It's also a joke when it comes to true cinematic credibility. More interested in feeding the Hollywood machine than in honoring those truly deserving of praise, its nominations are typically of the safe, "well-crafted" variety. More often than not, challenging and inventive work takes a backseat to -- as Christian Slater's Clarence Worley says in True Romance -- "geriatric, coffee-table dog shit."
Even when the Academy gets it right on some of its nominations, it usually gets it wrong on the eventual winners: How Green Was My Valley over Citizen Kane? Ordinary People over Raging Bull?
So imagine CityBeat's surprise when we were able to hack into that law firm's database -- you know, the one they say is guarding the results as if the world's very existence depended on it -- and discovered that this year's nominees are actually creatively vital and richly deserving. Yes, it seems somebody grew some balls
The following are our favorite inclusions and exclusions among the nominees in the big categories.
Inclusion: Kelly Reichardt's Old Joy is the kind of film the Academy usually ignores -- a small, modest slice of life that's as affecting as it is ironic.
Exclusion: While entertaining and "well made," Bill Condon's glossy musical Dreamgirls is also about as spontaneous as an Al Gore campaign speech. Easily the biggest (and most deserving) surprise among those films left out of the Best Picture race.
Inclusion: As the title character in Borat, Sacha Baron Cohen is surely the first Best Actor nominee to have a hairy, rotund naked dude sit on his face in what is the film's signature sequence. Total immersion into character has rarely been as fruitful.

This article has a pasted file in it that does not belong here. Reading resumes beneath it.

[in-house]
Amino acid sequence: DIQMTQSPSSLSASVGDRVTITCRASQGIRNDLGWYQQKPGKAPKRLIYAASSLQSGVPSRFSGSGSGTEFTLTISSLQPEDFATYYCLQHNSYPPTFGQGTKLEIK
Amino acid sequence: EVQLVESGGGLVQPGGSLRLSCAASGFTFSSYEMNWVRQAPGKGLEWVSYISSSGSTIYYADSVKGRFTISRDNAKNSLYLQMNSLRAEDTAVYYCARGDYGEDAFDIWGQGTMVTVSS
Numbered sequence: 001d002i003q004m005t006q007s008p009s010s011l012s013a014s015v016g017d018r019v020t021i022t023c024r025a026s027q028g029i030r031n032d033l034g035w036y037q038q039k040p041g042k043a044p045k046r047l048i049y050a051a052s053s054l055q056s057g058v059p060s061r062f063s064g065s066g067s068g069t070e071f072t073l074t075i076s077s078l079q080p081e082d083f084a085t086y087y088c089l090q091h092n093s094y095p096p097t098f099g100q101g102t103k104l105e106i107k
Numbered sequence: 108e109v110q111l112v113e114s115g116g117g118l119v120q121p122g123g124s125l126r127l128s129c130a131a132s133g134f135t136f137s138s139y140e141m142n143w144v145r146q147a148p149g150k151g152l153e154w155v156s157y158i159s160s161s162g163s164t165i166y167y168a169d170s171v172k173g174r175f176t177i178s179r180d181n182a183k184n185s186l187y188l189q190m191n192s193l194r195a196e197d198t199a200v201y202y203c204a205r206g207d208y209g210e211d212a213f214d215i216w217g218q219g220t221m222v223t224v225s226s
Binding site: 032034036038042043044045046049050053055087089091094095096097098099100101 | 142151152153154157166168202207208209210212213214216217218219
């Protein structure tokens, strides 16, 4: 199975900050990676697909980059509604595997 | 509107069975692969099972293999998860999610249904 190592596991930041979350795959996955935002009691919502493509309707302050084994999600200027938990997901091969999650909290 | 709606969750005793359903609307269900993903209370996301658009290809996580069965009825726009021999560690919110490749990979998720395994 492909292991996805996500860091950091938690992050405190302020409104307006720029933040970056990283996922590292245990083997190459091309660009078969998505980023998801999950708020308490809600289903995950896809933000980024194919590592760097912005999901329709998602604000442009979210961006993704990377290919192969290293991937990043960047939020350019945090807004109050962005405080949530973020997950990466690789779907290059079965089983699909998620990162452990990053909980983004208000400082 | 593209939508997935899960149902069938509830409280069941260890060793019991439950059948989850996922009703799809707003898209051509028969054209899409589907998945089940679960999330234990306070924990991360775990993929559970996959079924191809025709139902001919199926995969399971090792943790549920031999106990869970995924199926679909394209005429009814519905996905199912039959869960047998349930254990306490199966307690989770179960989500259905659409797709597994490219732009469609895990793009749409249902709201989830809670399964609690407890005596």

Exclusion: While his nomination the first time around was a pleasant surprise, Johnny Depp's Captain Jack Sparrow in Pirates of the Caribbean: Dead Man's Chest is a bloated caricature of its former self. Ditto for the movie.
Inclusion: Sherrybaby's Maggie Gyllenhall might be the most beguiling actress in movies today. Her performance here is so good we pissed our pants.
Exclusion: Judi Dench for Notes on a Scandal. Sure, she's typically solid in a decent film, but do we really need to see the Dame get another nomination?
Inclusion: Imaginative and often moving, Michel Gondry's The Science of Sleep is the work of an artist who knows no bounds.
Exclusion: Clint Eastwood's Iwo Jima double take is admittedly among his best work, but we're still pissed the thunderously heavy-handed melodrama Million Dollar Baby won Best Picture and Best Director. Vengeance is a bitch, ain't it, Clint?
Best Supporting Actor
Inclusion: Versatile and ceaselessly compelling, John C. Reilly enriches any film in which he appears. His performance as Cal Naughton Jr. in Talledega Nights leaves one dizzy in the wake of its comedic genius.
Exclusion: Clearly the weakest link in the otherwise stellar The Departed, Jack Nicholson is completely uncastable at this point. His overbearing persona and hammy antics take you out of nearly every movie in which his grizzled mug has appeared over the last 25 years.
Best Supporting Actress
Inclusion: 12-year-old Ivana Baquero is both expressive and subtle as our guide in what is the year's most wondrous film, Guillermo del Torro's Pan's Labyrinth, which is also a surprise Best Picture nominee.
Exclusion: Every woman who appeared in Bobby. ©